(Image credit: Bunny.net)

And if you’re short on cash, so even spending a ‘dollar or two’ doesn’t appeal, good news: Bunny has a free 14-day trial with a generous 1TB of traffic, enough to try it out with even the busiest of websites.

There are a handful of providers around with lower prices. AdvancedHosting CDN’s starter plan offers 10TB of traffic a month, 50GB storage space and unlimited domains for only $25 a month (that’s $0.0025 per GB). On the flipside, it doesn’t have the features or support you get with Bunny, so might not be the bargain it first appears.

(Image credit: Bunny.net)


Signing up with Bunny is as quick and easy as it gets. The company doesn’t demand your company name, your address, phone number or payment details: just enter your email address and a password and you’re in.

The web dashboard does its best to help you out, too. While others typically leave you to explore the console and figure out any cryptic jargon for yourself, Bunny clearly explains that you must create a pull or a storage zone, tells you what they are, points you to the setup areas, and has links to a Support site if you need to find out more.

Creating a zone can be as simple as entering an origin URL, and preferred zone URL (mydomain.com and mydomain.b-cdn.net). But you can also choose the pricing plan (Standard or Volume) and the zones where you’d like your content to be served. For example, if the vast majority of your visitors are in Europe and North America, you’re able to select that region only, and visitors from the rest of the world will be routed to their nearest location. It’s a very flexible billing approach, and allows you to have your own custom pricing structure for each zone or website.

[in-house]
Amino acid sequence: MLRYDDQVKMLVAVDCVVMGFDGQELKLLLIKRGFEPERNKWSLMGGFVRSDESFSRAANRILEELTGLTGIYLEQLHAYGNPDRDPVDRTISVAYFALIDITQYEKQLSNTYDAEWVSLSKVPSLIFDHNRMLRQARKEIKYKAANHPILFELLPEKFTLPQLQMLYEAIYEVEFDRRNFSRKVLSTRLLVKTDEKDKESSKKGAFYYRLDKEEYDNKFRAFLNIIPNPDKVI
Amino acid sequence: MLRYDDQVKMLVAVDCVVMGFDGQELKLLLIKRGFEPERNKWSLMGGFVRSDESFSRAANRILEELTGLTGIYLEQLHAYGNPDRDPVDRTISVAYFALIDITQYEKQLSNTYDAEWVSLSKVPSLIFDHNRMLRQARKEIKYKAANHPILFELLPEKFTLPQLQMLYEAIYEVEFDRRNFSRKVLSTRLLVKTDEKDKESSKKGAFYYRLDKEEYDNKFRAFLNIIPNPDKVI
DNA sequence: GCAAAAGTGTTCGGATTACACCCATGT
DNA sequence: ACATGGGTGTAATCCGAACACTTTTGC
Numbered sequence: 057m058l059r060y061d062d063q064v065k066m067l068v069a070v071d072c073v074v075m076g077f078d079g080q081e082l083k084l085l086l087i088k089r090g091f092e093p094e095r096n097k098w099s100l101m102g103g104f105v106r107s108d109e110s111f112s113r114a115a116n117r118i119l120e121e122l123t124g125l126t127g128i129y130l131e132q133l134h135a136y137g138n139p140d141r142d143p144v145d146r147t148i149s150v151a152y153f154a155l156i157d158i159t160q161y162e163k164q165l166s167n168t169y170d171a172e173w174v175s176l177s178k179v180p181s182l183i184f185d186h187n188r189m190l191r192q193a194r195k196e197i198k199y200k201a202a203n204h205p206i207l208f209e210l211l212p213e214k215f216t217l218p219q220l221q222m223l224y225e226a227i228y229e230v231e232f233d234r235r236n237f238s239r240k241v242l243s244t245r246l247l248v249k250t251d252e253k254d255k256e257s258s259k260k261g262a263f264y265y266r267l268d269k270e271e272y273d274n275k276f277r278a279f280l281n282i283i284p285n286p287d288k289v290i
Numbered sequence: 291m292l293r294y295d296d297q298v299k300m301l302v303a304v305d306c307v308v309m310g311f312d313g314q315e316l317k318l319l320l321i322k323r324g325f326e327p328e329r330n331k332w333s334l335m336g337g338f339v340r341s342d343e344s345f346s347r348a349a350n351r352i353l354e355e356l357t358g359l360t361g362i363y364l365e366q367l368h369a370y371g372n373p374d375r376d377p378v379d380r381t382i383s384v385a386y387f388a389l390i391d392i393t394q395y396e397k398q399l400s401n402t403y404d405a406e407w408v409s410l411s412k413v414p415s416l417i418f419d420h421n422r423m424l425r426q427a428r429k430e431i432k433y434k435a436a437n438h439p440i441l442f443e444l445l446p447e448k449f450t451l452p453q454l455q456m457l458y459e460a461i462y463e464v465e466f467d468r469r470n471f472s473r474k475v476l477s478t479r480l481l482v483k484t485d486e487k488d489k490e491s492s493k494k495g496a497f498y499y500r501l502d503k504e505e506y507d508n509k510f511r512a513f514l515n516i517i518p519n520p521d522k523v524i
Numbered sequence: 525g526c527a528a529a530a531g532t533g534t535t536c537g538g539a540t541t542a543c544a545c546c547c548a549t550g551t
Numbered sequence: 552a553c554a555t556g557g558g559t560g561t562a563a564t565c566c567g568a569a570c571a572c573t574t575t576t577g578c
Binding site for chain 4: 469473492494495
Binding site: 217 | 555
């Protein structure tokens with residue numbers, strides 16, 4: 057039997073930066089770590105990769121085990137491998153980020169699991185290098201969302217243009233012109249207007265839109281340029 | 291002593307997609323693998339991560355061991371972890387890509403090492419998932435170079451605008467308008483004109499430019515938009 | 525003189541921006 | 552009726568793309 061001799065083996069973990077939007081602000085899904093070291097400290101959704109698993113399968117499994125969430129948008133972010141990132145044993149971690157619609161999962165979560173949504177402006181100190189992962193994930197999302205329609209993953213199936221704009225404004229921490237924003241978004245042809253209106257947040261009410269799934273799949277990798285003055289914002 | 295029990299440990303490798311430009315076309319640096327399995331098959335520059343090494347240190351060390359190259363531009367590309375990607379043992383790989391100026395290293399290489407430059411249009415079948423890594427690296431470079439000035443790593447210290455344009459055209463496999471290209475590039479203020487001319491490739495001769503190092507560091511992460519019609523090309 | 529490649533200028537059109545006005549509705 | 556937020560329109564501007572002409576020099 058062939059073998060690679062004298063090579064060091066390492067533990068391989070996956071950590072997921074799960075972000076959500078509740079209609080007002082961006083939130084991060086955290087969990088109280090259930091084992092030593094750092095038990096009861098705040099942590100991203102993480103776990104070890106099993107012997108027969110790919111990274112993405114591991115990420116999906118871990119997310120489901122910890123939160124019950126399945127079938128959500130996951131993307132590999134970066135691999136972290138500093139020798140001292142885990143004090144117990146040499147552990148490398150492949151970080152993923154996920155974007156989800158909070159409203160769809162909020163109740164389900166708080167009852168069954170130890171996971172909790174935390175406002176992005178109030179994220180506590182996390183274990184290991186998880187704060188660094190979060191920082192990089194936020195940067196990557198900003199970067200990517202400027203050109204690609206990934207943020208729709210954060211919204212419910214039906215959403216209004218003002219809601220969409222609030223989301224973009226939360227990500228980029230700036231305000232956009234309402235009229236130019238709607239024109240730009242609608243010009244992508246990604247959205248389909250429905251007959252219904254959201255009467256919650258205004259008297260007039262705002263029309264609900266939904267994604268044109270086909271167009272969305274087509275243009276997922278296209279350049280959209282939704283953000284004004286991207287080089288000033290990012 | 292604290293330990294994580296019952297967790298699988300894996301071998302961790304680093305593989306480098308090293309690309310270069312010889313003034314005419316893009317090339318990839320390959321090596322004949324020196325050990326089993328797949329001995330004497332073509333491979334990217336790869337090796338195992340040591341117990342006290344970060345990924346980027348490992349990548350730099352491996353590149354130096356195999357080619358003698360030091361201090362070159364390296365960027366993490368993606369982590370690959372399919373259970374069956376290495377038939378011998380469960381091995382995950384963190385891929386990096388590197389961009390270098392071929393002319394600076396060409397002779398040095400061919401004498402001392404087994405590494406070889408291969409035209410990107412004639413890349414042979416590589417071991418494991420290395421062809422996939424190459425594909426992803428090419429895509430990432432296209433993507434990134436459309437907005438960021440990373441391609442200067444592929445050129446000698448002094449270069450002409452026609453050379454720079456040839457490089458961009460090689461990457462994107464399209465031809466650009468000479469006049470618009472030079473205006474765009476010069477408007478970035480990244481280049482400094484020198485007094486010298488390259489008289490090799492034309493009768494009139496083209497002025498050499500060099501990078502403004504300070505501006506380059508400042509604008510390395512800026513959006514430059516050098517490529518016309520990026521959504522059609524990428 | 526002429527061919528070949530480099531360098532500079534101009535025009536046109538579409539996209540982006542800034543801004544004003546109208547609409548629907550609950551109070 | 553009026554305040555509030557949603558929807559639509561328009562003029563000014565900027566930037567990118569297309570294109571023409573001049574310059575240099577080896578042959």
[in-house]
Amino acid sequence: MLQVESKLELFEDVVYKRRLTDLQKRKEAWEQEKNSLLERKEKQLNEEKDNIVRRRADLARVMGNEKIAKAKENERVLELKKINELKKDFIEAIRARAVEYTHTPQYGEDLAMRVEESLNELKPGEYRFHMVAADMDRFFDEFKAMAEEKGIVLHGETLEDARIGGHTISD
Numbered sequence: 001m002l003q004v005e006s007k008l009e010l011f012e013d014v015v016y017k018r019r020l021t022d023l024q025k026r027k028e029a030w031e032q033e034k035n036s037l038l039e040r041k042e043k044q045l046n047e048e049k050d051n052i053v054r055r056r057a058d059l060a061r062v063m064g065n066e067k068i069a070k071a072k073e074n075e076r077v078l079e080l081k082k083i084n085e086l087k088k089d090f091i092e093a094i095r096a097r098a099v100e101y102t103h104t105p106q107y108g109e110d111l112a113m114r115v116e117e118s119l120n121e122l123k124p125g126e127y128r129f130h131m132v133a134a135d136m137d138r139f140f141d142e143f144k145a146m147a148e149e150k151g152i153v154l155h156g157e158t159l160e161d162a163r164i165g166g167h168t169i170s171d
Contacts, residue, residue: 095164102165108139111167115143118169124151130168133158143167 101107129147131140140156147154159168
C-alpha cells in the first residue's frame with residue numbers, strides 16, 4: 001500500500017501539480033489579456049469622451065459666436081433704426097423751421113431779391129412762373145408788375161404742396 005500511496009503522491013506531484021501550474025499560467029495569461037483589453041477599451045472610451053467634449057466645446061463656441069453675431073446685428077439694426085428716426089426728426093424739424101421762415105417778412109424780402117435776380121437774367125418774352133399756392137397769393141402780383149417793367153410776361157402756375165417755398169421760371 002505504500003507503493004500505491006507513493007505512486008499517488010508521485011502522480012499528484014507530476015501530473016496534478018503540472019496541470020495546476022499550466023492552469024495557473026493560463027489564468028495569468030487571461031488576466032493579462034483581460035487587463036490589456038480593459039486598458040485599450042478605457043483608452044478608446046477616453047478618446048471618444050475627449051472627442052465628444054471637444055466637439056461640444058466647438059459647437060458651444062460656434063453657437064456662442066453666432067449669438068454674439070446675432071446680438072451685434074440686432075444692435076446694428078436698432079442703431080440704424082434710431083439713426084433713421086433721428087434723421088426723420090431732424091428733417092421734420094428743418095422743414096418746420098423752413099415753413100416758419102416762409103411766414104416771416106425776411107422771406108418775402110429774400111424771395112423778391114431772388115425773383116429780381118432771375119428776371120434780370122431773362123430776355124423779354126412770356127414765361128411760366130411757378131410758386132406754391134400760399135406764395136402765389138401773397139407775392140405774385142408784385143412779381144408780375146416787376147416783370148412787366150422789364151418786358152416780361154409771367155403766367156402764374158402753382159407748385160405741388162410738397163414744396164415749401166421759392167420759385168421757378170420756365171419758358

(Image credit: Bunny.net)

Select your preferred options and Bunny offers basic instructions on how to reconfigure your website, or integrate the CDN with WordPress, Drupal and Joomla. That’s mostly straightforward (check out Bunny’s WordPress plugin here, for instance), but the support site has more help if you need it. Articles don’t have quite the depth we’ve seen with the top providers, but they’re also far more readable, and should get you quickly up-to-speed in most situations.

(Image credit: Bunny.net)


Set up a pull or storage zone and Bunny presents you with a decent set of options.

Origin Shield support instructs Bunny to copy your content to one of its own locations, and serve it from there, minimizing the load on your own server.

A useful collection of caching tools gives you plenty of control over how the service works. Server expiration time (the period Bunny waits before fetching new content) can be set to anything from three minutes to a year, and queries can be reordered to give a better chance of cache hits (recognizing that ‘image.jpg?width=200&height=100’ and ‘image.jpg?height=100&width=200’ are the same file). Furthermore, other files can be cached with different parameters to create multiple cache entries (you could cache a different image.jpg for every user country code, say).